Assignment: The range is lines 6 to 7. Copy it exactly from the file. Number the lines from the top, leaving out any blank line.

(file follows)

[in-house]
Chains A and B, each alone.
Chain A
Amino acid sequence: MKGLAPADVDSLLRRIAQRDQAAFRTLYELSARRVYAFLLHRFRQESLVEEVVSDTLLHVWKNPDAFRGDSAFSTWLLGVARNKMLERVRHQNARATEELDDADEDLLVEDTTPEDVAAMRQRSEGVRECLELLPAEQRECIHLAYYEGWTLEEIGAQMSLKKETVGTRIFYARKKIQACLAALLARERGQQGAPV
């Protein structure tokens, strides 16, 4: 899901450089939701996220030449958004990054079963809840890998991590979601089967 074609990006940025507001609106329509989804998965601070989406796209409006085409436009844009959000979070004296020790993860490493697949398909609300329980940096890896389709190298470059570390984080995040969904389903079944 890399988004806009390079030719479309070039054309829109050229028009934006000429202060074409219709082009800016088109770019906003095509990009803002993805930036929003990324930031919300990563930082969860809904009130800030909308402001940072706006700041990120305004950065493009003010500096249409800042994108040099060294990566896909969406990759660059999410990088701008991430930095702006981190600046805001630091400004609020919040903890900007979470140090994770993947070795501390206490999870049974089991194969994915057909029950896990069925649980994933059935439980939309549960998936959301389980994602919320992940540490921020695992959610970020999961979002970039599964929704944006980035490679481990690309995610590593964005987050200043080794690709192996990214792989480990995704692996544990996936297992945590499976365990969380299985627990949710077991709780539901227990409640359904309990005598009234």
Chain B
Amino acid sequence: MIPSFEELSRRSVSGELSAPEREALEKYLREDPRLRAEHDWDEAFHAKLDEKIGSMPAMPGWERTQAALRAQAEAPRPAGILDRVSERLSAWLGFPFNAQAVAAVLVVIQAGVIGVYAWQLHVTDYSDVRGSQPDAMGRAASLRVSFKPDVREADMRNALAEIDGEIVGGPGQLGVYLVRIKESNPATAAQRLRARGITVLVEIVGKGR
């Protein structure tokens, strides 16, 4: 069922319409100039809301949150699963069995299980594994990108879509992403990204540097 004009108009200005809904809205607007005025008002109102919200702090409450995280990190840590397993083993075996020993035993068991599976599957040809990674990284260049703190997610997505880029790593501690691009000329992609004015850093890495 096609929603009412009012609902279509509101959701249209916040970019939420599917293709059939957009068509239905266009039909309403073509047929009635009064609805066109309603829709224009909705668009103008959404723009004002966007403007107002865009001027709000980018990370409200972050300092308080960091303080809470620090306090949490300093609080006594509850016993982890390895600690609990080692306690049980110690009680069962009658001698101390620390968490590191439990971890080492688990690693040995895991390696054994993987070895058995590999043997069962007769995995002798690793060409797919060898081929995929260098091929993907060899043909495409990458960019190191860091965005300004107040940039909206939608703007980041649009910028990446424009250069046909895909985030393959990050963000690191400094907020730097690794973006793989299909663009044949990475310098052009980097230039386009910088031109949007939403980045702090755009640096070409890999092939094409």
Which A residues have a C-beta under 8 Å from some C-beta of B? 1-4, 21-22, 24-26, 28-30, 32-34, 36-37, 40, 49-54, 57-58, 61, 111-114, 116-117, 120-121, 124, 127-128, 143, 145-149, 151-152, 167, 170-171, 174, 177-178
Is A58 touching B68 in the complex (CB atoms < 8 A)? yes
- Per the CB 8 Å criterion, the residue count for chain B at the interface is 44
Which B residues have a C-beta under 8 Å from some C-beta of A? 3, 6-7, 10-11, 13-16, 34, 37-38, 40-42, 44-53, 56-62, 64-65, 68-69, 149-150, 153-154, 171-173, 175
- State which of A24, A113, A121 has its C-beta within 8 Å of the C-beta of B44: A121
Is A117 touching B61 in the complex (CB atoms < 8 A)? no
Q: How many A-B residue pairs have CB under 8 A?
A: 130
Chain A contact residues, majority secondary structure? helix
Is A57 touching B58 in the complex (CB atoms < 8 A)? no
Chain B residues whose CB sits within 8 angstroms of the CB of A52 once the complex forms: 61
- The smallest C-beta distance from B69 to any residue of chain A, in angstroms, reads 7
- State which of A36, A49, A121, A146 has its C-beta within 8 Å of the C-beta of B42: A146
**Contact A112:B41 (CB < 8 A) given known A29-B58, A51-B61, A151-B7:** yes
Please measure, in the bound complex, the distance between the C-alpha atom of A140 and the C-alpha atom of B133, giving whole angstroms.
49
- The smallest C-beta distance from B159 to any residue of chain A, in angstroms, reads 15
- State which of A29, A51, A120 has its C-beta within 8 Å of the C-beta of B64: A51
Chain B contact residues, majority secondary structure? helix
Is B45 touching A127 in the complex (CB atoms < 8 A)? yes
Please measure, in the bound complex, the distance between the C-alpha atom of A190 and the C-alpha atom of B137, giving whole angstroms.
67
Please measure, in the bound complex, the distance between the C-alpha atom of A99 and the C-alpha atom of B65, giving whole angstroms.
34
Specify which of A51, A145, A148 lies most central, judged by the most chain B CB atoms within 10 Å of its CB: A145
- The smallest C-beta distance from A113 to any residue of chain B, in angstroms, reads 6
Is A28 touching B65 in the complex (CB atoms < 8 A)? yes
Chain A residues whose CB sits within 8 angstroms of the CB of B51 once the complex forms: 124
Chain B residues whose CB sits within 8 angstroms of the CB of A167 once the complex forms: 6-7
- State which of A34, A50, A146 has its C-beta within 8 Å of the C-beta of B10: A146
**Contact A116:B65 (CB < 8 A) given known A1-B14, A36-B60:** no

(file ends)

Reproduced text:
Chain B
Amino acid sequence: MIPSFEELSRRSVSGELSAPEREALEKYLREDPRLRAEHDWDEAFHAKLDEKIGSMPAMPGWERTQAALRAQAEAPRPAGILDRVSERLSAWLGFPFNAQAVAAVLVVIQAGVIGVYAWQLHVTDYSDVRGSQPDAMGRAASLRVSFKPDVREADMRNALAEIDGEIVGGPGQLGVYLVRIKESNPATAAQRLRARGITVLVEIVGKGR